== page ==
A glass is formed on cooling a liquid (if crystallization can be avoided), faster cooling giving more disordered, higher-energy states1. The difference between the highest and lowest energies attainable in the glass at a given temperature is remarkable, nearly as large as the enthalpy of melting2. After casting, annealing allows relaxation or ageing of glassy states to lower energies, while the opposite process, rejuvenation, can be induced by reheating and faster cooling3, and, most commonly, by plastic deformation1, 4. Deformation broadens the range of interatomic distances in a metallic glass, a clear sign of disordering opposite to the effects of relaxation5. Such studies have links with the interest, for crystalline metals, in tailoring properties by control of defect structures at a fixed composition6.

Viscous flow of metallic glasses near their glass-transition temperature Tg is homogeneous, but their plastic flow at room temperature (RT) shows an instability in which shear is sharply localized in bands that may be as thin as 10–20 nm7, 8. This inhomogeneous deformation leads to essentially zero tensile ductility, and is the main impediment to wider structural use of metallic glasses. Rejuvenation reduces the initial yield stress and, it is speculated, could ultimately eliminate the undesirable shear-banding1. Extreme rejuvenation is also of interest in exploring the limits of glass formation and stability.

The usual inhomogeneous nature of plastic flow in metallic glasses itself limits the degree of rejuvenation that can be achieved, because the regions of significant strain occupy only a small volume fraction of the specimen. Studies of a single shear band4, 9 show that the effects of shear can extend into the glassy matrix by some tens of micrometres, far beyond the thickness of the band itself. However, the effects (softening and increased enthalpy) are sharply peaked at the band centre, and the volume fraction of the glass that is strongly affected is small. Rejuvenation in the bands themselves is inefficient as the structural effects of deformation are likely to saturate for shear strains greater than one. Also, rejuvenated states may not be fully retained because of relaxation facilitated by local heating8.

To achieve significant flow and rejuvenation throughout a deformed metallic glass, it would be helpful for shear-banding to be suppressed. Here we show that under constraint a metallic glass can be compressed to large strains (up to 40%) in a regime of presumed homogeneous flow. The constraint is achieved in notched specimens. Previous work has shown that plastic flow in notched specimens under tension can lead to relaxation rather than rejuvenation10, and we analyse the distinction between these cases. Under compression, significant volumes of the metallic glass can attain degrees of rejuvenation previously associated only with the central plane of shear bands. The states attained can have energies so high that they would be characteristic of a glassy state obtained by quenching at ~1010 K s–1.


Stress–strain behaviour

A compressive load was applied at RT to cylindrical bulk-metallic-glass (BMG) specimens with a circumferential notch. The material in the notch region flows under triaxial constraint. Figure 1a shows a specimen with a reduction in the width of the notch by 20% after plastic flow. This apparent 20% compressive axial plastic strain in the disc defined by the notch is accompanied by an increase in the diameter of the disc of only 5.7%. The apparent volume change of the disc (~9% reduction) shows that flow cannot be confined to the disc itself, but must extend into a larger region around the notch. Only a few shear bands with horizontal traces can be observed on the surface of the notch (Fig. 1a). In contrast, the un-notched specimen at similar strain shows (Fig. 1b) many primary shear bands, as expected8 at ~45° to the loading axis.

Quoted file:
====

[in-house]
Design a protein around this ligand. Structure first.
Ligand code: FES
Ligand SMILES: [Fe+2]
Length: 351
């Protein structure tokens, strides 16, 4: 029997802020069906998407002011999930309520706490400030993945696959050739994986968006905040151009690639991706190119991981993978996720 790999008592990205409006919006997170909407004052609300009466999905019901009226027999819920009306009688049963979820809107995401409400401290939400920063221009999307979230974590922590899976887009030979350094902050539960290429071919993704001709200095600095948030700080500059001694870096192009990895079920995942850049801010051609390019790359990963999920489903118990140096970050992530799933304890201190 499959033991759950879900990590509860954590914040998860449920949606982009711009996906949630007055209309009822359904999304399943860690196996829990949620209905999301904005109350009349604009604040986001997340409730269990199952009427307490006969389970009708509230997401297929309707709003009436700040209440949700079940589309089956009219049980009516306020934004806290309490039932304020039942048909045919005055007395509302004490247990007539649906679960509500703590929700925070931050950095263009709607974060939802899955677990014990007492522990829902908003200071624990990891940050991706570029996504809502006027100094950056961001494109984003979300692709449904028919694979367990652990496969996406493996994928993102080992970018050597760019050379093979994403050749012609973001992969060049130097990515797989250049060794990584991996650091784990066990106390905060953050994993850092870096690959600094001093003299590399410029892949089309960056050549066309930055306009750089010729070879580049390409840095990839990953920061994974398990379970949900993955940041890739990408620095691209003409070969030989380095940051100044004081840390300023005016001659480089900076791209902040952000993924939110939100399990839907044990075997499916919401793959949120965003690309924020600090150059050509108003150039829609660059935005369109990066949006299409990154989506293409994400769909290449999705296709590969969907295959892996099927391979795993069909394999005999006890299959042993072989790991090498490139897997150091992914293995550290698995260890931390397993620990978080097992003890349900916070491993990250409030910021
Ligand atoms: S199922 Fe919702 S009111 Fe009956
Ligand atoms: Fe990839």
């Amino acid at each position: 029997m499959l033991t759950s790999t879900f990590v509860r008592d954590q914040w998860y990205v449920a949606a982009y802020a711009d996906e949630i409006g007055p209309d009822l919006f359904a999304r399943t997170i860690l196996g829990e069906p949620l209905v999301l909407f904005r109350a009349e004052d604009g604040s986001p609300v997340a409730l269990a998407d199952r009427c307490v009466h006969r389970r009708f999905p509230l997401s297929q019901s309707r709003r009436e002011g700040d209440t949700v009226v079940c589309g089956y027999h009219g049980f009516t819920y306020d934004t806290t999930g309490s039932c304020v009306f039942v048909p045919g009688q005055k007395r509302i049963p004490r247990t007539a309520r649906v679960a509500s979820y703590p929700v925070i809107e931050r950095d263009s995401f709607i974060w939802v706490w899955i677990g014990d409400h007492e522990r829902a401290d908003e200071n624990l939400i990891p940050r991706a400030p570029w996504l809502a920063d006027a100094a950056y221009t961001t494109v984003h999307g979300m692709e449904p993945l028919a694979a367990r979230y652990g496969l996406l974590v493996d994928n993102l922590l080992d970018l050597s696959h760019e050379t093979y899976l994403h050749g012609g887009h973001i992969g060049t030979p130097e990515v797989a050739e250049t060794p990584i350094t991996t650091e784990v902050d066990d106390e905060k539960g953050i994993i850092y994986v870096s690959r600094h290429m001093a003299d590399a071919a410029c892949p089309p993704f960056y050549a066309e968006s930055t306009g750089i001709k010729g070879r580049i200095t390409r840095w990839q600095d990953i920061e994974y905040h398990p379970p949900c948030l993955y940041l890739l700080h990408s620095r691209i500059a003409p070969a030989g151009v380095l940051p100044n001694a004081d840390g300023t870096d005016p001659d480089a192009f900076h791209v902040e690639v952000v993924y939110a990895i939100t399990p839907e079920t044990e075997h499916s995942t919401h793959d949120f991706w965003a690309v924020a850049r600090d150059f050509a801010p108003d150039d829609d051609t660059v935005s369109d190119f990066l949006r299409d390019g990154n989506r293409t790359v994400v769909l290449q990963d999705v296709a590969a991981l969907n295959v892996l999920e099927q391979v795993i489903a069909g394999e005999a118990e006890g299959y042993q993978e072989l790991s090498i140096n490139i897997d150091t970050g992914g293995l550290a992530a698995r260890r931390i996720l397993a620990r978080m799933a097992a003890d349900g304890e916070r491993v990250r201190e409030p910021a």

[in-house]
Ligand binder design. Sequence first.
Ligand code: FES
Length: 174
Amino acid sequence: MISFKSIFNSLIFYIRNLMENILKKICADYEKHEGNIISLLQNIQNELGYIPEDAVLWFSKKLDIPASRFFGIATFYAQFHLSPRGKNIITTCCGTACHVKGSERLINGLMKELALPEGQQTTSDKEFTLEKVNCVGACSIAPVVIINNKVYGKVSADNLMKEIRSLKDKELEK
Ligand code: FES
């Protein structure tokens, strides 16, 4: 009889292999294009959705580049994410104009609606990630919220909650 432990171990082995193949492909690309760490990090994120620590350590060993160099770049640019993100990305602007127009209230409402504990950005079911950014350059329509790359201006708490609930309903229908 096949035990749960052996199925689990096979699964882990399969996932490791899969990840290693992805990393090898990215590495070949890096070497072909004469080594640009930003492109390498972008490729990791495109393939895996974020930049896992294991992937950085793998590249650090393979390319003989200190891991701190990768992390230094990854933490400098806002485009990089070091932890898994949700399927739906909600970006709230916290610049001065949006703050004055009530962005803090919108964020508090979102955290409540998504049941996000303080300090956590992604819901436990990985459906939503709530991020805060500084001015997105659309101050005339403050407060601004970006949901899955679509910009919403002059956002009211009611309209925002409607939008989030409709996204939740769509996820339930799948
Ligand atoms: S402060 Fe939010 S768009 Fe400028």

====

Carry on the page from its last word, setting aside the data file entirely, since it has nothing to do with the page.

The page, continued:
Fig. 1
figure 1

Homogeneous flow of a bulk metallic glass by suppression of shear-banding. Cylindrical (4 mm diam.) specimens of a zirconium-based metallic glass are compressed along the cylinder axis (vertical in the scanning electron micrographs in a and b). a The central region of a specimen with a circumferential notch, compressed to 20% axial strain in the disc defined by the notch. The yellow outline shows the shape of the disc before compression. b An un-notched specimen compressed to 20% axial strain; the surface shows the traces of multiple shear bands. c The true stress–true strain curves of notched and un-notched specimens (curve B is displaced laterally for clarity). The scale bars in a and b are 200 and 500 μm respectively

The stress−strain curves (Fig. 1c) show the un-notched specimen yielding through shear banding at 1.70 GPa, a stress that stays almost the same with increasing plastic strain. In the notched specimen, lateral constraint of the material in the notch region, and the consequent triaxiality of the stress state (Supplementary Fig. 1), increase the axial stress needed to initiate flow. The material in the notch region is compressed elastically beyond the usual 2.67% strain limit for metallic glasses11 and yields at 2.30 GPa (i.e. the stress acting on the cross-section of the disc). As deformation proceeds, the disc of material undergoing flow becomes thinner. The resulting increased constraint should cause the effective flow stress to increase. The axial stress does rise to a maximum of 2.64 GPa, but after a true strain of ~19% (derived from the notch width) there is evident softening: at a true strain of 57%, the axial stress has decreased to 2.19 GPa. This decreasing axial stress, despite increasing lateral constraint, can be explained only by a reduction in the actual flow stress of the glass, consistent with ongoing rejuvenation.

Decreases in microhardness